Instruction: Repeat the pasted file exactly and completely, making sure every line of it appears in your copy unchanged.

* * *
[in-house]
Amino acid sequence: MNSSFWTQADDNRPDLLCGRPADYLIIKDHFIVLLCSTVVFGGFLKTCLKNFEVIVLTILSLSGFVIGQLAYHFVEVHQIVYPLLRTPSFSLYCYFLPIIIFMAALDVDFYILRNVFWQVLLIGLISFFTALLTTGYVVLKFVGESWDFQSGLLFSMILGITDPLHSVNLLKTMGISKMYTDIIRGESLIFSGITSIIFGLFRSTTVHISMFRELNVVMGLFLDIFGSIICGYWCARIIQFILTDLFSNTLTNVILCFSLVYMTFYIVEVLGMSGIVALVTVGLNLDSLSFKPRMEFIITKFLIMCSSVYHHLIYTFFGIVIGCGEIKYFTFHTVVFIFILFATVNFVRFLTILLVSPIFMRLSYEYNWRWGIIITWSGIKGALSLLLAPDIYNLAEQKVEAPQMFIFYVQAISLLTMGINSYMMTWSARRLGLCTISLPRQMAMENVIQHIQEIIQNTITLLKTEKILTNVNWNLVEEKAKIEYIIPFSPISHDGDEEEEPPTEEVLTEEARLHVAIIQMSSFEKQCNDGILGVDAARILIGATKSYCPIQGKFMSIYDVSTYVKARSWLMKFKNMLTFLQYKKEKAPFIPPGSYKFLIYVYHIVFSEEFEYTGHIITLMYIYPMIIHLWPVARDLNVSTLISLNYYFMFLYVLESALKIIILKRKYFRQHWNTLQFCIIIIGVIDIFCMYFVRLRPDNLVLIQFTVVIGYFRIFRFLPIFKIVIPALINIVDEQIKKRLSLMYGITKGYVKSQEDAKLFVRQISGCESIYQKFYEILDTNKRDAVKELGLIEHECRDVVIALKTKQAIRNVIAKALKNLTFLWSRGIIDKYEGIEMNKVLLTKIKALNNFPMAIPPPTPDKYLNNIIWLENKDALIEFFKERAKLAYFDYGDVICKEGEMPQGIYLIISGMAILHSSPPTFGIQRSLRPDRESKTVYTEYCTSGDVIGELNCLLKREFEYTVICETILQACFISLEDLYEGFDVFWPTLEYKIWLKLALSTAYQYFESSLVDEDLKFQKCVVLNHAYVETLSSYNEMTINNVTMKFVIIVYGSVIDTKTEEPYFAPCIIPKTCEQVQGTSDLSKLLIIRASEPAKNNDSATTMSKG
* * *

[in-house]
Amino acid sequence: MNSSFWTQADDNRPDLLCGRPADYLIIKDHFIVLLCSTVVFGGFLKTCLKNFEVIVLTILSLSGFVIGQLAYHFVEVHQIVYPLLRTPSFSLYCYFLPIIIFMAALDVDFYILRNVFWQVLLIGLISFFTALLTTGYVVLKFVGESWDFQSGLLFSMILGITDPLHSVNLLKTMGISKMYTDIIRGESLIFSGITSIIFGLFRSTTVHISMFRELNVVMGLFLDIFGSIICGYWCARIIQFILTDLFSNTLTNVILCFSLVYMTFYIVEVLGMSGIVALVTVGLNLDSLSFKPRMEFIITKFLIMCSSVYHHLIYTFFGIVIGCGEIKYFTFHTVVFIFILFATVNFVRFLTILLVSPIFMRLSYEYNWRWGIIITWSGIKGALSLLLAPDIYNLAEQKVEAPQMFIFYVQAISLLTMGINSYMMTWSARRLGLCTISLPRQMAMENVIQHIQEIIQNTITLLKTEKILTNVNWNLVEEKAKIEYIIPFSPISHDGDEEEEPPTEEVLTEEARLHVAIIQMSSFEKQCNDGILGVDAARILIGATKSYCPIQGKFMSIYDVSTYVKARSWLMKFKNMLTFLQYKKEKAPFIPPGSYKFLIYVYHIVFSEEFEYTGHIITLMYIYPMIIHLWPVARDLNVSTLISLNYYFMFLYVLESALKIIILKRKYFRQHWNTLQFCIIIIGVIDIFCMYFVRLRPDNLVLIQFTVVIGYFRIFRFLPIFKIVIPALINIVDEQIKKRLSLMYGITKGYVKSQEDAKLFVRQISGCESIYQKFYEILDTNKRDAVKELGLIEHECRDVVIALKTKQAIRNVIAKALKNLTFLWSRGIIDKYEGIEMNKVLLTKIKALNNFPMAIPPPTPDKYLNNIIWLENKDALIEFFKERAKLAYFDYGDVICKEGEMPQGIYLIISGMAILHSSPPTFGIQRSLRPDRESKTVYTEYCTSGDVIGELNCLLKREFEYTVICETILQACFISLEDLYEGFDVFWPTLEYKIWLKLALSTAYQYFESSLVDEDLKFQKCVVLNHAYVETLSSYNEMTINNVTMKFVIIVYGSVIDTKTEEPYFAPCIIPKTCEQVQGTSDLSKLLIIRASEPAKNNDSATTMSKG